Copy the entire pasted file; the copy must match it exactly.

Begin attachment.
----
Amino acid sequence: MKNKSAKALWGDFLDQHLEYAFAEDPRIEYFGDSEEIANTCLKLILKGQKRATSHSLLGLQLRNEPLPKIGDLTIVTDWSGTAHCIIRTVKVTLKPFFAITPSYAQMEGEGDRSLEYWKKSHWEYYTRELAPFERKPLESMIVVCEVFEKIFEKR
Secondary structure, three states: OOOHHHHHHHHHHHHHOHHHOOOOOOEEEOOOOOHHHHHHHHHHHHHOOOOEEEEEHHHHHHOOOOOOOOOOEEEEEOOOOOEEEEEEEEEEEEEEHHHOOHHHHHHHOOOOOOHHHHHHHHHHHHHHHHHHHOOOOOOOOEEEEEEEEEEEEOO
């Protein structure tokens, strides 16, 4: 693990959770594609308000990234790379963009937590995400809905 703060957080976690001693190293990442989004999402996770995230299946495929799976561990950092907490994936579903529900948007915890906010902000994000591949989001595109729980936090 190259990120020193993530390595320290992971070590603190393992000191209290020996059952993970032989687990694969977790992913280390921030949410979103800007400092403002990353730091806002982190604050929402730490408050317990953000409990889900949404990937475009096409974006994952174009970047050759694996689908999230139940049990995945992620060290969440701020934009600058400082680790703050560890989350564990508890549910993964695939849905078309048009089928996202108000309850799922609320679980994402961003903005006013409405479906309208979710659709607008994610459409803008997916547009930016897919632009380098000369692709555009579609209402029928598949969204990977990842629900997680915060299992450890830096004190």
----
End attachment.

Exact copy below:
Amino acid sequence: MKNKSAKALWGDFLDQHLEYAFAEDPRIEYFGDSEEIANTCLKLILKGQKRATSHSLLGLQLRNEPLPKIGDLTIVTDWSGTAHCIIRTVKVTLKPFFAITPSYAQMEGEGDRSLEYWKKSHWEYYTRELAPFERKPLESMIVVCEVFEKIFEKR
Secondary structure, three states: OOOHHHHHHHHHHHHHOHHHOOOOOOEEEOOOOOHHHHHHHHHHHHHOOOOEEEEEHHHHHHOOOOOOOOOOEEEEEOOOOOEEEEEEEEEEEEEEHHHOOHHHHHHHOOOOOOHHHHHHHHHHHHHHHHHHHOOOOOOOOEEEEEEEEEEEEOO
């Protein structure tokens, strides 16, 4: 693990959770594609308000990234790379963009937590995400809905 703060957080976690001693190293990442989004999402996770995230299946495929799976561990950092907490994936579903529900948007915890906010902000994000591949989001595109729980936090 190259990120020193993530390595320290992971070590603190393992000191209290020996059952993970032989687990694969977790992913280390921030949410979103800007400092403002990353730091806002982190604050929402730490408050317990953000409990889900949404990937475009096409974006994952174009970047050759694996689908999230139940049990995945992620060290969440701020934009600058400082680790703050560890989350564990508890549910993964695939849905078309048009089928996202108000309850799922609320679980994402961003903005006013409405479906309208979710659709607008994610459409803008997916547009930016897919632009380098000369692709555009579609209402029928598949969204990977990842629900997680915060299992450890830096004190």